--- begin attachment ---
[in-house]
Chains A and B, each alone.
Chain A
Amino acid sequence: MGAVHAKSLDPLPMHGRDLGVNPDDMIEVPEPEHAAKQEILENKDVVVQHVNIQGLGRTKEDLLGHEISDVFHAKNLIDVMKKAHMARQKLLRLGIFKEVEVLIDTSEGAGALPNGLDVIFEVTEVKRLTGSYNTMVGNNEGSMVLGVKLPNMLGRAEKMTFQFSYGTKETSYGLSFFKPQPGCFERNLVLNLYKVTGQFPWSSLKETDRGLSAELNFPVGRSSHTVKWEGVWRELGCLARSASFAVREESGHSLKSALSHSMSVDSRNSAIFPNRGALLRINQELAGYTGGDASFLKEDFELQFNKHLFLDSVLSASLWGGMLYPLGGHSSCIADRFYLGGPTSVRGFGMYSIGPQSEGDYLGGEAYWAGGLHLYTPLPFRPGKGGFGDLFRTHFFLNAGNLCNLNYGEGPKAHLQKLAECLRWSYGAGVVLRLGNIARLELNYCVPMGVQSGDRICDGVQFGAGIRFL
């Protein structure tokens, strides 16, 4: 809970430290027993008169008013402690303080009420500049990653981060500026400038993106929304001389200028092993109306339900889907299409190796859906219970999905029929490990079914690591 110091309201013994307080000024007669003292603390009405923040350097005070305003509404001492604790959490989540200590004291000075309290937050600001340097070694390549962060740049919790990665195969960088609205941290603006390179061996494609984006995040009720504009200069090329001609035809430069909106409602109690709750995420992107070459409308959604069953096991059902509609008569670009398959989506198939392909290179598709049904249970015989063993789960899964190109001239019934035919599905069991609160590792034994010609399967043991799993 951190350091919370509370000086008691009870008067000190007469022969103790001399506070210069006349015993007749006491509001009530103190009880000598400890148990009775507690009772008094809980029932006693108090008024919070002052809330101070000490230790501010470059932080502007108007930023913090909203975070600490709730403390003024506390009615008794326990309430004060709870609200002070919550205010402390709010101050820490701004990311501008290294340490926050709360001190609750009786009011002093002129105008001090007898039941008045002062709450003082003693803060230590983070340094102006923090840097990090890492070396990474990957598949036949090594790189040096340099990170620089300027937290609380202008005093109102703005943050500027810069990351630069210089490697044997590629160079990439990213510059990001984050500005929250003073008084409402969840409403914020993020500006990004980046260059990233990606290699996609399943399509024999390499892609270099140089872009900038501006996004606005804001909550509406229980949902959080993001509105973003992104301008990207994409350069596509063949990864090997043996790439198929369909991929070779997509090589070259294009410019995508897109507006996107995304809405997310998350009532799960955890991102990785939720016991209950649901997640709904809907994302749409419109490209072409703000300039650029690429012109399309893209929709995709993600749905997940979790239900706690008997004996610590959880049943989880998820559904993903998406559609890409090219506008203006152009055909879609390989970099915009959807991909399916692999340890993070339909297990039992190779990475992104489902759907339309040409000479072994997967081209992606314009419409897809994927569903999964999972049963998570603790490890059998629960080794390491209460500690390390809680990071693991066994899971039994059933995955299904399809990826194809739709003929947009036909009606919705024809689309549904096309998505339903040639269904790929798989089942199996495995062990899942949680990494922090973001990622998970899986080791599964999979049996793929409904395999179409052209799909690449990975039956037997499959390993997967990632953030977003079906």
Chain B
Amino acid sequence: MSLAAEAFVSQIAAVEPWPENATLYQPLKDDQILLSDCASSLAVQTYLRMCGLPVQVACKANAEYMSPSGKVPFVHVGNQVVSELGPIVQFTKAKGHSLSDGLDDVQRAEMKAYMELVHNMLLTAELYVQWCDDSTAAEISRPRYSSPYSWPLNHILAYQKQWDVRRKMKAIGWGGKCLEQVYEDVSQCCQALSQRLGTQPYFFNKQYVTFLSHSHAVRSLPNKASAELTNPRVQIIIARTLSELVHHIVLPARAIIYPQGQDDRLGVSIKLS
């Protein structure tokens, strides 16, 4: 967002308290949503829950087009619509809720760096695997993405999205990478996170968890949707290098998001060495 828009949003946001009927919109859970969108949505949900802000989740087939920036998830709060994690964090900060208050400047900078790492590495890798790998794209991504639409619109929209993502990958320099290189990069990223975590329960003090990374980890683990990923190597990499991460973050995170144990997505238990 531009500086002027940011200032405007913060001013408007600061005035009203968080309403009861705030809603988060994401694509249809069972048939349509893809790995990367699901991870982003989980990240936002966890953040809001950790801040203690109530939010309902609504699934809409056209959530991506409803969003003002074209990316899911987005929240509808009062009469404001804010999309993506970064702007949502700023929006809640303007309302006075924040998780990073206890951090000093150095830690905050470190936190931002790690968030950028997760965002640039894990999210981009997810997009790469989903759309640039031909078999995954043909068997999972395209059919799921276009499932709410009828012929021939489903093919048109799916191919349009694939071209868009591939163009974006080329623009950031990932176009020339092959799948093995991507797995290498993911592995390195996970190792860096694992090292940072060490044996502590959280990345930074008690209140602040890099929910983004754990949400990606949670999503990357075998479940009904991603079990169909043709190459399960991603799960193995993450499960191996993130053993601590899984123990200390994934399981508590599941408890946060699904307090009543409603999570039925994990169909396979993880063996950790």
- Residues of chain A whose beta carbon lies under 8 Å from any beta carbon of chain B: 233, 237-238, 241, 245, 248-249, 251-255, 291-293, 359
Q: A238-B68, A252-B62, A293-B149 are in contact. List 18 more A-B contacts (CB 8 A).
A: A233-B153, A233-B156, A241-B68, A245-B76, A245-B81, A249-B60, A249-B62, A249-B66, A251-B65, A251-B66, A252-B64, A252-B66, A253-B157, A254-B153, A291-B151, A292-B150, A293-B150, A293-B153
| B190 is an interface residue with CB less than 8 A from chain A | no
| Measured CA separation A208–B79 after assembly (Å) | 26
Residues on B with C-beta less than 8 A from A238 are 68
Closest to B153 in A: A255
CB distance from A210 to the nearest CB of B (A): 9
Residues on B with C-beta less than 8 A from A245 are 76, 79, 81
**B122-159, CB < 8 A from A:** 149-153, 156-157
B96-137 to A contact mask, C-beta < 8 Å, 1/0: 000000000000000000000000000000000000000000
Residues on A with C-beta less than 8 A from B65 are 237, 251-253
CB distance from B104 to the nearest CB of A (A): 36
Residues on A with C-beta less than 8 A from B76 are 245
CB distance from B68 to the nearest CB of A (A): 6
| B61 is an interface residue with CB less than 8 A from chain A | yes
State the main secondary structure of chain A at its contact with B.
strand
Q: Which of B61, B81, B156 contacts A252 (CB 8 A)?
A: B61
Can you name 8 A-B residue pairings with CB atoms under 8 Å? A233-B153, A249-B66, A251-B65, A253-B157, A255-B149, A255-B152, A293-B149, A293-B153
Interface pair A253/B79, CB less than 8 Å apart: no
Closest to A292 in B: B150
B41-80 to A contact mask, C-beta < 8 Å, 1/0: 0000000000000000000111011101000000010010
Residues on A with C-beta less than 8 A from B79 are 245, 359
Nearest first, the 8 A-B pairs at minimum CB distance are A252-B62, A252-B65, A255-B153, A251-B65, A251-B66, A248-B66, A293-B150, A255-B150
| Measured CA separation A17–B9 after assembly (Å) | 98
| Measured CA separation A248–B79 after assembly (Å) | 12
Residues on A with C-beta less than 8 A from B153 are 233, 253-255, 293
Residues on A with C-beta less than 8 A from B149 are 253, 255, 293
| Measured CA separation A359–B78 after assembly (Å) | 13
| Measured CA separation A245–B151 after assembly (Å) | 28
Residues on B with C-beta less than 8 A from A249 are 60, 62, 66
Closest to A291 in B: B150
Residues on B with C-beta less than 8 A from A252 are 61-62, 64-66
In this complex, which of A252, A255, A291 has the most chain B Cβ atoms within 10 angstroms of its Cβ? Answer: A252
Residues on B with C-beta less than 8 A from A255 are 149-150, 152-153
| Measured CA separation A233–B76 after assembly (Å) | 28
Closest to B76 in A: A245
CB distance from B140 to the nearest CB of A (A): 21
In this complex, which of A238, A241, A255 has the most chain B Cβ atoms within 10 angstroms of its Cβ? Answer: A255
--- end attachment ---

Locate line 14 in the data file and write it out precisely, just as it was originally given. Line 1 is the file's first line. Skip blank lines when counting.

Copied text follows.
Residues on B with C-beta less than 8 A from A238 are 68